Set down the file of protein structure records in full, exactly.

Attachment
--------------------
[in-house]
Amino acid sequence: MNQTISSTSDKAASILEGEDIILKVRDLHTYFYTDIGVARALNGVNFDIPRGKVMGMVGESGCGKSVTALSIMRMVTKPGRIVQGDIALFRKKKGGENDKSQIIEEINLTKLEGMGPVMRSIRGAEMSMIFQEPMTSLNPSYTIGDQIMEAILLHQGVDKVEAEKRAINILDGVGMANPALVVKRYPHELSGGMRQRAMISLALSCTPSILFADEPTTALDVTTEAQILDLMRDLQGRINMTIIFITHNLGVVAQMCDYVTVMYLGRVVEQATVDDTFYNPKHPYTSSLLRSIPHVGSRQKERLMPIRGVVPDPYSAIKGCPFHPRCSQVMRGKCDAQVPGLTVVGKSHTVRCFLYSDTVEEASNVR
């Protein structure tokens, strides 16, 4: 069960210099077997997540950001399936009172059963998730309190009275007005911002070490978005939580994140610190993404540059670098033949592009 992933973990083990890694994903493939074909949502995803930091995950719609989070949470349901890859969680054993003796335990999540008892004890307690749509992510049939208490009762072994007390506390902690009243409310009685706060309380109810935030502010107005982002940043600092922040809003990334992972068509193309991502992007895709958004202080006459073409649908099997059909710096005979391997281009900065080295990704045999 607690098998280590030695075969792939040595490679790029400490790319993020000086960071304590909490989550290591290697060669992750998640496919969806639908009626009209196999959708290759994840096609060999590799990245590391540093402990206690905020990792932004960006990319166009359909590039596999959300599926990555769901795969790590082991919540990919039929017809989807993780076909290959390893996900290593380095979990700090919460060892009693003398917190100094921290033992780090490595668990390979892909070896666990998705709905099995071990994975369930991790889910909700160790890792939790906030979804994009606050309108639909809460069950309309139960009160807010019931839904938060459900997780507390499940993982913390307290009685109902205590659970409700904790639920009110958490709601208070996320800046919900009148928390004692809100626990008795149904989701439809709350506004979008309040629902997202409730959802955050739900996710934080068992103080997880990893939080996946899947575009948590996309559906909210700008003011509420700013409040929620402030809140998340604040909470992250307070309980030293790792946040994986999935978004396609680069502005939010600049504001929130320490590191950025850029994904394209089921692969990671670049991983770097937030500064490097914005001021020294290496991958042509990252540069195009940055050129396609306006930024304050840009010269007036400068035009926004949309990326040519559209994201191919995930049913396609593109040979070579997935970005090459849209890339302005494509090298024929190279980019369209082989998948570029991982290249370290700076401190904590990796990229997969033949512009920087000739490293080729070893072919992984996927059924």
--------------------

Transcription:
[in-house]
Amino acid sequence: MNQTISSTSDKAASILEGEDIILKVRDLHTYFYTDIGVARALNGVNFDIPRGKVMGMVGESGCGKSVTALSIMRMVTKPGRIVQGDIALFRKKKGGENDKSQIIEEINLTKLEGMGPVMRSIRGAEMSMIFQEPMTSLNPSYTIGDQIMEAILLHQGVDKVEAEKRAINILDGVGMANPALVVKRYPHELSGGMRQRAMISLALSCTPSILFADEPTTALDVTTEAQILDLMRDLQGRINMTIIFITHNLGVVAQMCDYVTVMYLGRVVEQATVDDTFYNPKHPYTSSLLRSIPHVGSRQKERLMPIRGVVPDPYSAIKGCPFHPRCSQVMRGKCDAQVPGLTVVGKSHTVRCFLYSDTVEEASNVR
């Protein structure tokens, strides 16, 4: 069960210099077997997540950001399936009172059963998730309190009275007005911002070490978005939580994140610190993404540059670098033949592009 992933973990083990890694994903493939074909949502995803930091995950719609989070949470349901890859969680054993003796335990999540008892004890307690749509992510049939208490009762072994007390506390902690009243409310009685706060309380109810935030502010107005982002940043600092922040809003990334992972068509193309991502992007895709958004202080006459073409649908099997059909710096005979391997281009900065080295990704045999 607690098998280590030695075969792939040595490679790029400490790319993020000086960071304590909490989550290591290697060669992750998640496919969806639908009626009209196999959708290759994840096609060999590799990245590391540093402990206690905020990792932004960006990319166009359909590039596999959300599926990555769901795969790590082991919540990919039929017809989807993780076909290959390893996900290593380095979990700090919460060892009693003398917190100094921290033992780090490595668990390979892909070896666990998705709905099995071990994975369930991790889910909700160790890792939790906030979804994009606050309108639909809460069950309309139960009160807010019931839904938060459900997780507390499940993982913390307290009685109902205590659970409700904790639920009110958490709601208070996320800046919900009148928390004692809100626990008795149904989701439809709350506004979008309040629902997202409730959802955050739900996710934080068992103080997880990893939080996946899947575009948590996309559906909210700008003011509420700013409040929620402030809140998340604040909470992250307070309980030293790792946040994986999935978004396609680069502005939010600049504001929130320490590191950025850029994904394209089921692969990671670049991983770097937030500064490097914005001021020294290496991958042509990252540069195009940055050129396609306006930024304050840009010269007036400068035009926004949309990326040519559209994201191919995930049913396609593109040979070579997935970005090459849209890339302005494509090298024929190279980019369209082989998948570029991982290249370290700076401190904590990796990229997969033949512009920087000739490293080729070893072919992984996927059924």